Skip to content

Advertisement

  • Poster presentation
  • Open Access

P04.30. Physical inactivity among employees at major academic medical center and university

  • 1,
  • 1,
  • 1,
  • 1,
  • 1 and
  • 1
BMC Complementary and Alternative MedicineThe official journal of the International Society for Complementary Medicine Research (ISCMR)201212 (Suppl 1) :P300

https://doi.org/10.1186/1472-6882-12-S1-P300

  • Published:

Keywords

  • Physical Activity
  • Academic Medical Center
  • Health Utility
  • Online Questionnaire
  • Chronic Health Condition

Purpose

In the U.S., one out of three adults are physically inactive (PIA), which is associated with increased mortality. The workplace is a potential venue to promote physical activity.

Methods

We examined data from the 2010 health risk assessment (HRA) among Vanderbilt University employees who are enrolled in the employer insurance plan. The HRA is a 39-item online questionnaire developed by Wellsource, Inc. In 2010, 80% of eligible employees completed the HRA (n=16,976). We analyzed characteristics of PIA among employees, defined as individuals who reported exercising less than one time a week in the last year. We used bivariable models to examine the associations of PIA with sociodemographics, health status, chronic medical conditions, mental health, and health behaviors.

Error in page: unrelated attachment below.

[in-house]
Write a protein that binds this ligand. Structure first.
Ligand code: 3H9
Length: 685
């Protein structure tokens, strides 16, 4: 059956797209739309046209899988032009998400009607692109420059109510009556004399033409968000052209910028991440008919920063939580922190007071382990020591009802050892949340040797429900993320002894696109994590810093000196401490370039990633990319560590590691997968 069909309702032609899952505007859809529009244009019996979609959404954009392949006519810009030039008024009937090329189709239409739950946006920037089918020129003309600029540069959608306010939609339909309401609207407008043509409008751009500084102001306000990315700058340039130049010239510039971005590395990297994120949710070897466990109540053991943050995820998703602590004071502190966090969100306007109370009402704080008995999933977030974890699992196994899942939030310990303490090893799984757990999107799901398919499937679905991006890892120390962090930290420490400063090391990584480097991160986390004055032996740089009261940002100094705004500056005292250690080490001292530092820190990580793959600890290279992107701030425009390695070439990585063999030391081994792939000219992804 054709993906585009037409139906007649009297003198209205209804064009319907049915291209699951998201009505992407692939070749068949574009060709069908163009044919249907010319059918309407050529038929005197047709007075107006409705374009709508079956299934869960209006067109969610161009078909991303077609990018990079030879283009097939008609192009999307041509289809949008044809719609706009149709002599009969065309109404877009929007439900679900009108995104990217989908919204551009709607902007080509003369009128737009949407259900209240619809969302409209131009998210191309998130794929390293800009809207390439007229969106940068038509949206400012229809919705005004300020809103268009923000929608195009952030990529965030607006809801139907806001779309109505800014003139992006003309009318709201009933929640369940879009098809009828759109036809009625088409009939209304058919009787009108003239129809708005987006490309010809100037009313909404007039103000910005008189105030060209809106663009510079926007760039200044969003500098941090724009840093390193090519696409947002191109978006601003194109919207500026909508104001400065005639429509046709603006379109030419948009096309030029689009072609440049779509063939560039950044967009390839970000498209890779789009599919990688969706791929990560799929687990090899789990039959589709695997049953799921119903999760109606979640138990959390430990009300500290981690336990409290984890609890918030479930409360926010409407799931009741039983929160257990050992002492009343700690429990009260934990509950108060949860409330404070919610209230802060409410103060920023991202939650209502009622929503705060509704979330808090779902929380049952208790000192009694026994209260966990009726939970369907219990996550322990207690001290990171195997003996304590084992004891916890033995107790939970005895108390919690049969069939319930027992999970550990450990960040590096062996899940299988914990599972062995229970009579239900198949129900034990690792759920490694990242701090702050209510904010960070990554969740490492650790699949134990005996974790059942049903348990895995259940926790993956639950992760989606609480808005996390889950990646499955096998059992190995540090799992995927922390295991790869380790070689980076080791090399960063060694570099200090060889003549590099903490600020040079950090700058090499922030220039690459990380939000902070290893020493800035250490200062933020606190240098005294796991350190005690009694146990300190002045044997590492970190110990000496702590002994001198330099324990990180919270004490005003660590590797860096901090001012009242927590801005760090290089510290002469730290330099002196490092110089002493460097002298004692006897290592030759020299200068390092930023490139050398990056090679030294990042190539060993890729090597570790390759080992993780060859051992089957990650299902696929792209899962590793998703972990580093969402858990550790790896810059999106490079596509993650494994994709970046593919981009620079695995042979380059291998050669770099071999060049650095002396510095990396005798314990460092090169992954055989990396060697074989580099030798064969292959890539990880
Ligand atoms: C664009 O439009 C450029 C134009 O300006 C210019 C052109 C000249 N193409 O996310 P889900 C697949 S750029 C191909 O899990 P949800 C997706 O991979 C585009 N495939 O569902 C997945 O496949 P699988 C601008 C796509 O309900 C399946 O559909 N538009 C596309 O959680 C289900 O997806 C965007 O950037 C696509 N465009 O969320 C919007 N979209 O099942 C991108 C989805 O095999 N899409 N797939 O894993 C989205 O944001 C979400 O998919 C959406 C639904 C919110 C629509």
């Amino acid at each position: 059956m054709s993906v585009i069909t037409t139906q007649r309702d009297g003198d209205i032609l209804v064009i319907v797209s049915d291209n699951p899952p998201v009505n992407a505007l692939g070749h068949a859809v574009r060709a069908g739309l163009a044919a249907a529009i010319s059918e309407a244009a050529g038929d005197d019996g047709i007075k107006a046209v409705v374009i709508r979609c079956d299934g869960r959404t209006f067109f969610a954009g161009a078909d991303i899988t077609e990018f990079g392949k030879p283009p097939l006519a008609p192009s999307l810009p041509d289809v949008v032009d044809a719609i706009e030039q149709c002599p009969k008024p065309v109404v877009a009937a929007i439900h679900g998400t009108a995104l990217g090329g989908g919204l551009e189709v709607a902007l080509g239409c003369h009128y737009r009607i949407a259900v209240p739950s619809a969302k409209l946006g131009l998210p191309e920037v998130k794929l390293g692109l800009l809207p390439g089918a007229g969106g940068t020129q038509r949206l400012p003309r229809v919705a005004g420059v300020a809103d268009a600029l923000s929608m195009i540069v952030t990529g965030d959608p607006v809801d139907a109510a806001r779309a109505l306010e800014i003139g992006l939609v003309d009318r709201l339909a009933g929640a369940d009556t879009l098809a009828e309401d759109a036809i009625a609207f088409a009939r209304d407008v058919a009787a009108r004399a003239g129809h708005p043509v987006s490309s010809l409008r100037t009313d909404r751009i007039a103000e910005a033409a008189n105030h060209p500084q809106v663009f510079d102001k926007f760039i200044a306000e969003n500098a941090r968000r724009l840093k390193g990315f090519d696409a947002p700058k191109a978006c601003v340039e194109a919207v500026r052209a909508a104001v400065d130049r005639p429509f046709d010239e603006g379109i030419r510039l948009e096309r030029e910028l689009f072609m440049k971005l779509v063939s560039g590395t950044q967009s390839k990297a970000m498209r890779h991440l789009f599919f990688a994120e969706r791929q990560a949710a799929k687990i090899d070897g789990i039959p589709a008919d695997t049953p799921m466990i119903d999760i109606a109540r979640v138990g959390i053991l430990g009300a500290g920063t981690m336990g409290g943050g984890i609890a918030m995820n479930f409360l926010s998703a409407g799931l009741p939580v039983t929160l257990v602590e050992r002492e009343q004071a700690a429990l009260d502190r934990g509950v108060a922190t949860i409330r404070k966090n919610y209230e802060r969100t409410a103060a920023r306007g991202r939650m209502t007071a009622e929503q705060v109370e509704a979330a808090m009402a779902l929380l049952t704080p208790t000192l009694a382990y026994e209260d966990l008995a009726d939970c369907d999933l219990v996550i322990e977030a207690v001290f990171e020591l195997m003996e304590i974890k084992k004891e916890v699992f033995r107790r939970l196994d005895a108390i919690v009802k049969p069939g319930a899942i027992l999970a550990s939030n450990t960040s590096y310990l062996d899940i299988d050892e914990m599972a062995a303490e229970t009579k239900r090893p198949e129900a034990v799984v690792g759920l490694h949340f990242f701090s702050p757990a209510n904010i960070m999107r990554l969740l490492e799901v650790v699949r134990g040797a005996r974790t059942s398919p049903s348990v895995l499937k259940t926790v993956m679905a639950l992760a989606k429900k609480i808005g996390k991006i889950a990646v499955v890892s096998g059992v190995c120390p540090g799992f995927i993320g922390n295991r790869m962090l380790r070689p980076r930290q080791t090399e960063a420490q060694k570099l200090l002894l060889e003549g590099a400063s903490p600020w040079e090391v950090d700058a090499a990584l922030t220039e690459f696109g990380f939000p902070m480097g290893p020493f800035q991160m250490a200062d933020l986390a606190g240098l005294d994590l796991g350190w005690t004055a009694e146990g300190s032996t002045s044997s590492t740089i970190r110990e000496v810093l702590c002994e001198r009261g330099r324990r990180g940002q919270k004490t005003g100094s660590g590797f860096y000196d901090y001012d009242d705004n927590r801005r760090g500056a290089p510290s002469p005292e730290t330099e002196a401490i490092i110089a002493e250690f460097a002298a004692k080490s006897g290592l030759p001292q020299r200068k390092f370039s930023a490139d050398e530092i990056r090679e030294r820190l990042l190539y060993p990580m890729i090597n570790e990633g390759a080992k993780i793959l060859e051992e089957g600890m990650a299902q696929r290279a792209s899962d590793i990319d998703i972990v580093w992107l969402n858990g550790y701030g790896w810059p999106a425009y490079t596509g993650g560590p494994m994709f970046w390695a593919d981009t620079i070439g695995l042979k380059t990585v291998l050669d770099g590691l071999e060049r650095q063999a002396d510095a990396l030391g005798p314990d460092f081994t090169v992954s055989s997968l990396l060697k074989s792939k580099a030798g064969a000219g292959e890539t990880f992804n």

Results

Among the 16,976 employees who completed the HRA, 3,002 individuals reported physical activity less than once a week (18%). PIA levels were higher among women than men (OR 1.3 [1.2-1.4]) and older individuals. Non-faculty employees were less active than faculty employees (OR 2.3 [2.0-2.6]). Individuals who were PIA as compared with physically active reported higher prevalence of hypertension (24% versus 15%, respectively), high cholesterol (14% versus 9%, respectively), history of heart disease, cancer, or stroke (12% versus 7%, respectivley), and trouble coping with stress (15% versus 7%, respectively). Higher rates of absenteeism and dissatisfaction with work were reported among PIA than active employees. Individuals who reported fair or poor overall health were five times more likely to be PIA than active (OR 4.8 [4.0-5.6]).

Conclusion

Nearly one out of five employees were PIA and reported higher stress, chronic medical conditions, absenteeism, and dissatisfaction with work compared to physically active employees. Future longitudinal research is needed to identify barriers to physical activity and if increases in physical activity are associated with improved well-being, decreased incidence of chronic health conditions, and/or reduced health utility costs among employees.

Authors’ Affiliations

(1)
Vanderbilt University Medical Center, Nashville, USA

Copyright

Advertisement